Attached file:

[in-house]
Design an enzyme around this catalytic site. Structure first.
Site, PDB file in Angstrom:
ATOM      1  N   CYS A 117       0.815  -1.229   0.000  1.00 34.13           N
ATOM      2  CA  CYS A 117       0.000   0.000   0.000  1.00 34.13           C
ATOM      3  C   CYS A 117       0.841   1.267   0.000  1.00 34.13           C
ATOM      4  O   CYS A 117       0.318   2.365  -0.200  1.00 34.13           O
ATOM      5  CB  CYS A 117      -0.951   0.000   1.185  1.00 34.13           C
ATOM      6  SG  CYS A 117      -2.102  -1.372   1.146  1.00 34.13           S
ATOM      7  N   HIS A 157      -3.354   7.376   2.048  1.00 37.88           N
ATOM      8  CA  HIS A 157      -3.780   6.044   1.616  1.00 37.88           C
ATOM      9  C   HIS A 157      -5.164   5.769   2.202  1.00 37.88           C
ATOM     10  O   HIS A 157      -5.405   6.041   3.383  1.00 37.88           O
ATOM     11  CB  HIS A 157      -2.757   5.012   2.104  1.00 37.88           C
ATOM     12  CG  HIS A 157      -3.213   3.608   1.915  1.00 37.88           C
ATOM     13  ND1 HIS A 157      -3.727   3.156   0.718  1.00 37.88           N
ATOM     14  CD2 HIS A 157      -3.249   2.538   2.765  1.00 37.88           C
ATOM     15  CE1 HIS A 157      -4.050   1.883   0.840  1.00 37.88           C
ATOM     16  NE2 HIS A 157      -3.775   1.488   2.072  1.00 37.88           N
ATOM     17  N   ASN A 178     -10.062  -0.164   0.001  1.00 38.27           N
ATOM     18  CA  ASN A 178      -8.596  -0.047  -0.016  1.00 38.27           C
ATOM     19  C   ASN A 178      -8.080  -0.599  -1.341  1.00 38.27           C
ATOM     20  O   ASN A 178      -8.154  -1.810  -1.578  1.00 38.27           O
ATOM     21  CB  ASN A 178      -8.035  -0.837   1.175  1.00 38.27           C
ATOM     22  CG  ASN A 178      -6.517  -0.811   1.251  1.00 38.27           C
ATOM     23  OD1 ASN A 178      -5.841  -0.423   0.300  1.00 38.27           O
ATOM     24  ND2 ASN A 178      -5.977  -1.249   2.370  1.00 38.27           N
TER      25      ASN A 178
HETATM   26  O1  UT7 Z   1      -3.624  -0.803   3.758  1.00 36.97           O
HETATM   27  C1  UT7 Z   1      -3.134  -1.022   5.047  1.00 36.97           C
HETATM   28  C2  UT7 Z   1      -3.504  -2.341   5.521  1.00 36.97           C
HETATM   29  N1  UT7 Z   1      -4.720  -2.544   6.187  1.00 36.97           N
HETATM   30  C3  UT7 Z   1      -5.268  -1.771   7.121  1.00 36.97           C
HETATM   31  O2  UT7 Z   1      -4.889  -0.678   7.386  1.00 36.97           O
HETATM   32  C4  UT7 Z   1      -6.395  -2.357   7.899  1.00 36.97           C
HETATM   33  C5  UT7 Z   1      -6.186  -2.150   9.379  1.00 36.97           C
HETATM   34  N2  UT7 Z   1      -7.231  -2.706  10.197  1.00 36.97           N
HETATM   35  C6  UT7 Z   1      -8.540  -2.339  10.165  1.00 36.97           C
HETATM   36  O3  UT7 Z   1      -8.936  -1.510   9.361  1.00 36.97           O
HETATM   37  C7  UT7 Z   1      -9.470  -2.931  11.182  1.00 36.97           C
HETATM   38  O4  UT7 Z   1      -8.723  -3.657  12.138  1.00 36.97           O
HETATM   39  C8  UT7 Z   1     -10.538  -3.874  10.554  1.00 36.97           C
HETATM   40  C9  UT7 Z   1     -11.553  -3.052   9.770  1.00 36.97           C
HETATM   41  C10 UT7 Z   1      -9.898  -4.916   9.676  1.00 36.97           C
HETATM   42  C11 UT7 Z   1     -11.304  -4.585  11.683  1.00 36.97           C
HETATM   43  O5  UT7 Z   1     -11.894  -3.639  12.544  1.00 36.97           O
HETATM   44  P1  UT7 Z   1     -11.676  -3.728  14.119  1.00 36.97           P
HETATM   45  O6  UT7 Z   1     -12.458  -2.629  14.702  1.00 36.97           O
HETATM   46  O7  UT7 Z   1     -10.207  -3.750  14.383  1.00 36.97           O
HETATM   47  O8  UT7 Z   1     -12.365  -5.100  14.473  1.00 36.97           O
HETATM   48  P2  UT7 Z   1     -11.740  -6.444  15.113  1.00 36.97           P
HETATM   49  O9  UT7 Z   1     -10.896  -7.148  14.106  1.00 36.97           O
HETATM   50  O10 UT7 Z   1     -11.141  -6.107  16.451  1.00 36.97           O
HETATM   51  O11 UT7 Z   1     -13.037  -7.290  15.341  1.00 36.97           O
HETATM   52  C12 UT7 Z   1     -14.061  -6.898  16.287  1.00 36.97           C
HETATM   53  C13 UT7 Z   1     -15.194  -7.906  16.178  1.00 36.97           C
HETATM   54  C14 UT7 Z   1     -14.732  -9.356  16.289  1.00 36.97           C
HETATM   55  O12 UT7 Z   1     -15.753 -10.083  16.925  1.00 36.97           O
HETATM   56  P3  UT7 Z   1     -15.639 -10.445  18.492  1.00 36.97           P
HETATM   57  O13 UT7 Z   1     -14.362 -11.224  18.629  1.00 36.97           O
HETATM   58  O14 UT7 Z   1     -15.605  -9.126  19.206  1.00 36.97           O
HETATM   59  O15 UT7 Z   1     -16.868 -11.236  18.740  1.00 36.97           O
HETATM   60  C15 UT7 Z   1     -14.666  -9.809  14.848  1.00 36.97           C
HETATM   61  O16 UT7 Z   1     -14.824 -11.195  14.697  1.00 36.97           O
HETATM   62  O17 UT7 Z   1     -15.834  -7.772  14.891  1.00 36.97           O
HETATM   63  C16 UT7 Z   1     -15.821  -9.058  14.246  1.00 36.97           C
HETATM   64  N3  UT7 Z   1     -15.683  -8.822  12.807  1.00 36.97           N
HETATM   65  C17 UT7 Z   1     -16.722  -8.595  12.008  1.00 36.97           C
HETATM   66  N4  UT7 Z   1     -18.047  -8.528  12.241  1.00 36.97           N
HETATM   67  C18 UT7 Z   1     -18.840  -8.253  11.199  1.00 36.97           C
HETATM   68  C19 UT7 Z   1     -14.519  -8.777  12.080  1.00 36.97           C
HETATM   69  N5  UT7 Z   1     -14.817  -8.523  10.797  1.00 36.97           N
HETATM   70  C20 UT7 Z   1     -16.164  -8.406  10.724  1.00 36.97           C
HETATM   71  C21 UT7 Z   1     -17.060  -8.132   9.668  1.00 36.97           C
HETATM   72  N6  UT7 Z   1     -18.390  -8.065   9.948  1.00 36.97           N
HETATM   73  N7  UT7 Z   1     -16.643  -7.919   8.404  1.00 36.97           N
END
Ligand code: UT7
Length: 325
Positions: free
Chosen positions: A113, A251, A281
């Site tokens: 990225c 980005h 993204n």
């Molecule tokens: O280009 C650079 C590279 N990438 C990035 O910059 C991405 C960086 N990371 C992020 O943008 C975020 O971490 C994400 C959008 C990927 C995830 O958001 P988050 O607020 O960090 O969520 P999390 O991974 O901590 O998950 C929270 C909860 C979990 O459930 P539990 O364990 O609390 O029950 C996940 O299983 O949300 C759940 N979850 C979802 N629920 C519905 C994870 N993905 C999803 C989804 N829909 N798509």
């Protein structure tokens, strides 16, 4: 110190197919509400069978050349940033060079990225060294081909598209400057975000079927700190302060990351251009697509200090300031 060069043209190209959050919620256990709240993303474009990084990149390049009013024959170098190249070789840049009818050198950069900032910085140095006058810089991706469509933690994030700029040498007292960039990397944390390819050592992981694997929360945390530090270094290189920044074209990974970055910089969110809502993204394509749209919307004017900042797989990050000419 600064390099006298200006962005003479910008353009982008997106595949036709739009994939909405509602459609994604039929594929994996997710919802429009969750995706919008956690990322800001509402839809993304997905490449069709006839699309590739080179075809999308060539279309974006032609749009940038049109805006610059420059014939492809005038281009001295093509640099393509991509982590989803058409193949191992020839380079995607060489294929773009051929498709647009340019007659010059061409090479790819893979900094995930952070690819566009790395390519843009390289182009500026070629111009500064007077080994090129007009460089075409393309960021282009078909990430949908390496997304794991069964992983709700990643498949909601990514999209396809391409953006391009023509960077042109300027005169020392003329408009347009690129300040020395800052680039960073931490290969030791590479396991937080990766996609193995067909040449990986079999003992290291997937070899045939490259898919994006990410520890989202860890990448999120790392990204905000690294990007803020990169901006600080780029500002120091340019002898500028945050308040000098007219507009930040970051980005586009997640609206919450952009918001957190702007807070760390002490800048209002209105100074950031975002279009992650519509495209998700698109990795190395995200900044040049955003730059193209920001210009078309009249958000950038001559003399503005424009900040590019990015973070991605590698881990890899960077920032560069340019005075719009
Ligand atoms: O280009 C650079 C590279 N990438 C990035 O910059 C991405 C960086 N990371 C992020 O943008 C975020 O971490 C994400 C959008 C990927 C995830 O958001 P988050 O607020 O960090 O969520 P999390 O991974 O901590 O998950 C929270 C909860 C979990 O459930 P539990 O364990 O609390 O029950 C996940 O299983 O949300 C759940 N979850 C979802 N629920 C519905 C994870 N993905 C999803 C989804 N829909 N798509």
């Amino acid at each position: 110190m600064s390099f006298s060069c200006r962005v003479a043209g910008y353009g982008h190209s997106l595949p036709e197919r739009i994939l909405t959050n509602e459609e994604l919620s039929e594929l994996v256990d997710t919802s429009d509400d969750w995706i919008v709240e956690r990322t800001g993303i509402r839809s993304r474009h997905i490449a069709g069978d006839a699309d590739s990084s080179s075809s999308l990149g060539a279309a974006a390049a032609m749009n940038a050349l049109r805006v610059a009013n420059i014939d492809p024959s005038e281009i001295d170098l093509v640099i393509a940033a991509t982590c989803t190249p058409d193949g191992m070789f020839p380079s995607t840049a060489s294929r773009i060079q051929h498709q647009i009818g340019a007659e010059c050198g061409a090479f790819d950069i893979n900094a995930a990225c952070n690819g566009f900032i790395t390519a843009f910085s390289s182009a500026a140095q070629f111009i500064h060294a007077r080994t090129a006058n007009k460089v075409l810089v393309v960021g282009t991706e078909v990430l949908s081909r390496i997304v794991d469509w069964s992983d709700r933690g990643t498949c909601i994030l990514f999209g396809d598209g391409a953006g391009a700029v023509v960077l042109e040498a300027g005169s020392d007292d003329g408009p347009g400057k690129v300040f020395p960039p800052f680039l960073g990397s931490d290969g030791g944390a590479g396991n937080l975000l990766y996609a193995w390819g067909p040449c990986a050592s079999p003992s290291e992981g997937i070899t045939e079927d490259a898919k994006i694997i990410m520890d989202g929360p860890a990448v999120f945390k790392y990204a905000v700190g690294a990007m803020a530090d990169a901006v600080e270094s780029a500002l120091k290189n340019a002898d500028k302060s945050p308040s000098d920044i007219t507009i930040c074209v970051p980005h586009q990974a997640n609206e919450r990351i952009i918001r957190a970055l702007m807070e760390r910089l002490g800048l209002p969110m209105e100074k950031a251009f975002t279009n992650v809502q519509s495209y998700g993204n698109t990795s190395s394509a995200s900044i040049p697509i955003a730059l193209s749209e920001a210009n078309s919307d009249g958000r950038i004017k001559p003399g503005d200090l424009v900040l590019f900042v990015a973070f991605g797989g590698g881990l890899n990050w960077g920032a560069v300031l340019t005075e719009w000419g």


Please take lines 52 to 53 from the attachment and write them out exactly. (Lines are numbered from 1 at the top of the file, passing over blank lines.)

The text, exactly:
HETATM   49  O9  UT7 Z   1     -10.896  -7.148  14.106  1.00 36.97           O
HETATM   50  O10 UT7 Z   1     -11.141  -6.107  16.451  1.00 36.97           O